Showing posts from July, 2011

Some Final Words on Money and Happiness

by Laura Rowley

I spent this week in Ohio at my brother-in-law's funeral. He died at 58 of a brain tumor after a long battle that he fought with diligence and patience and quiet humor. At a Catholic funeral, the priest gives a homily, or short talk, on the Bible readings. If you want a homily, the priest said, look at Bob's life.

Bob was married 38 years, a father of five, an engineer, the guy who volunteered to wire his parish church when personal computers first came out. He was the runner who competed in dozens of 10K races with his whole family, but never got an individual trophy because he insisted on keeping pace with the slowest runner. With Bob, no one was left behind.

He grew up one of eight children in a small town in Illinois, the son of a postman and a homemaker, where he took the American dream to heart. He was loyal, faithful, kind and positive in the extreme. We used to joke about how Bob would say hello with a bone-crushing hug and then tell you, four or five time…

Are Retirement Calculators Reliable?

by Walter Updegrave

Based on my age, investments and the amount I'm saving, an online calculator suggested that my chances of being able to retire with the money I'll need is a virtual slam dunk. How confident can I be that my investments will actually earn enough over the next 40 years for me to retire? -- D.M.

I'm not a math wiz or a quant by any stretch of the imagination. But when it comes to making retirement planning decisions, I think it's important to look at the numbers.

That said, whenever you rev up an online tool or calculator, you've got to remember that you're dealing with estimates (often very squishy ones) not certainties. So common sense dictates that you take the results with more than a couple grains of salt.

Let's take the case of retirement calculators. Most project how large a nest egg you might accumulate -- and, in many cases, how long it might last -- based on a number of factors, including how much you've already accumulated, how m…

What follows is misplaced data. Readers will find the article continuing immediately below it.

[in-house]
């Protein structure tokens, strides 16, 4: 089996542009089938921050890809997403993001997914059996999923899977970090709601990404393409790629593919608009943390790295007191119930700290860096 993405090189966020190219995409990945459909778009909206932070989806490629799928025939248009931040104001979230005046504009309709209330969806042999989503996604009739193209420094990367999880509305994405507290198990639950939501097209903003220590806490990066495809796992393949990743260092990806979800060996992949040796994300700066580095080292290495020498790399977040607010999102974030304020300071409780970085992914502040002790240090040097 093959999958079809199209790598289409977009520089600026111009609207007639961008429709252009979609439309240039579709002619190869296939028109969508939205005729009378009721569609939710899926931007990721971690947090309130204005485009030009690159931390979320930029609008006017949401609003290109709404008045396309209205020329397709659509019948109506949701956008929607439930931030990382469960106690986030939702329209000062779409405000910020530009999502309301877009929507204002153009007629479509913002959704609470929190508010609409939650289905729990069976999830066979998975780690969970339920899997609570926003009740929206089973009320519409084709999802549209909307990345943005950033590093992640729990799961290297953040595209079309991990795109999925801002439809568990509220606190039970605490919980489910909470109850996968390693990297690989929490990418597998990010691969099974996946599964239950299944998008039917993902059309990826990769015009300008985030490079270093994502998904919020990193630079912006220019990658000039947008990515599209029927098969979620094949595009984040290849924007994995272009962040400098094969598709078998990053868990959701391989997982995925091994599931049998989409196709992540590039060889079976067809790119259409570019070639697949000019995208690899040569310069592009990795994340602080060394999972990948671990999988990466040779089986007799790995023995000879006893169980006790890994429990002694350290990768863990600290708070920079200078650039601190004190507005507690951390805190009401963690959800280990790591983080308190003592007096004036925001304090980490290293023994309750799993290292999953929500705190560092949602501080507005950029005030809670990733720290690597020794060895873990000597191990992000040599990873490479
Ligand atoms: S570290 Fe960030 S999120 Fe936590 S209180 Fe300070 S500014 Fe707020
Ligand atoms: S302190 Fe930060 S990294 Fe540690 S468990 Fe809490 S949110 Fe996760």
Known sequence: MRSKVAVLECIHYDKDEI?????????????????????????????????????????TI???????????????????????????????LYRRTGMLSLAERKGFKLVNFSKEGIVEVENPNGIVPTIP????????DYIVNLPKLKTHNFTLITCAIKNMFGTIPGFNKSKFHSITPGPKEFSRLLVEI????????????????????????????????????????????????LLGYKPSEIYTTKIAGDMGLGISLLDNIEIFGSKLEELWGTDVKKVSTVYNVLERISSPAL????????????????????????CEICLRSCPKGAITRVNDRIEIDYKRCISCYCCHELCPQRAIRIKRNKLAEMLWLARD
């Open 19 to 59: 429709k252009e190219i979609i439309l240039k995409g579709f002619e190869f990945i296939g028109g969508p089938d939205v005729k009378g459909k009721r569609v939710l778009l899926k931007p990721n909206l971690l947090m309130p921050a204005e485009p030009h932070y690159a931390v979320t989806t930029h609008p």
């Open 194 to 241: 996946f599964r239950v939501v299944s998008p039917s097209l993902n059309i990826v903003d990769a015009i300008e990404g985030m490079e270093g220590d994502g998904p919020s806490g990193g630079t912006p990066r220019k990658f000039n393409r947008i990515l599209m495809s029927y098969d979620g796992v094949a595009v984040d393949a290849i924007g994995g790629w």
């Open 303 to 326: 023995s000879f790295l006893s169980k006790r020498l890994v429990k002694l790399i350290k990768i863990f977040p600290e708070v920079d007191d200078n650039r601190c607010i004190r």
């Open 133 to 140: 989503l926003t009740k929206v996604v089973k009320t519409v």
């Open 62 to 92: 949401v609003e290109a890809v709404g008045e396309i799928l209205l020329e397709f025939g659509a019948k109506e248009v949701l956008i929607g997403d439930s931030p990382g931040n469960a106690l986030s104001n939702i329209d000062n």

I’ve worked at Deutsche Bank and Goldman Sachs. Now I run a bar. I have no regrets

Shree Ann Mathavan

Singaporean Colin Tay went from banking to beers when he left the financial industry after nine years. Formerly from Deutsche Bank, he now runs two businesses with a partner: Old Empire, a gastro bar, and TSA Wines, a beer and wine distribution company. He speaks to eFinancialCareers about his decision to give up the corporate life.

My former life as a banker

I studied economics and finance at the University of Sydney, so when I returned to Singapore in early 2002, I started looking for banking jobs. I saw banking as something lucrative, a safe route, especially since the sector was booming in Singapore. When I first started, I didn’t have any specific preference on which area I wanted to get into, I just wanted in. I am a people’s person though, so I thought a role where I dealt directly with clients would suit me.

My first job was at OCBC. I worked in retail banking, quality assurance, and finally I assisted a private banker. Three years later, I joined Goldman Sachs …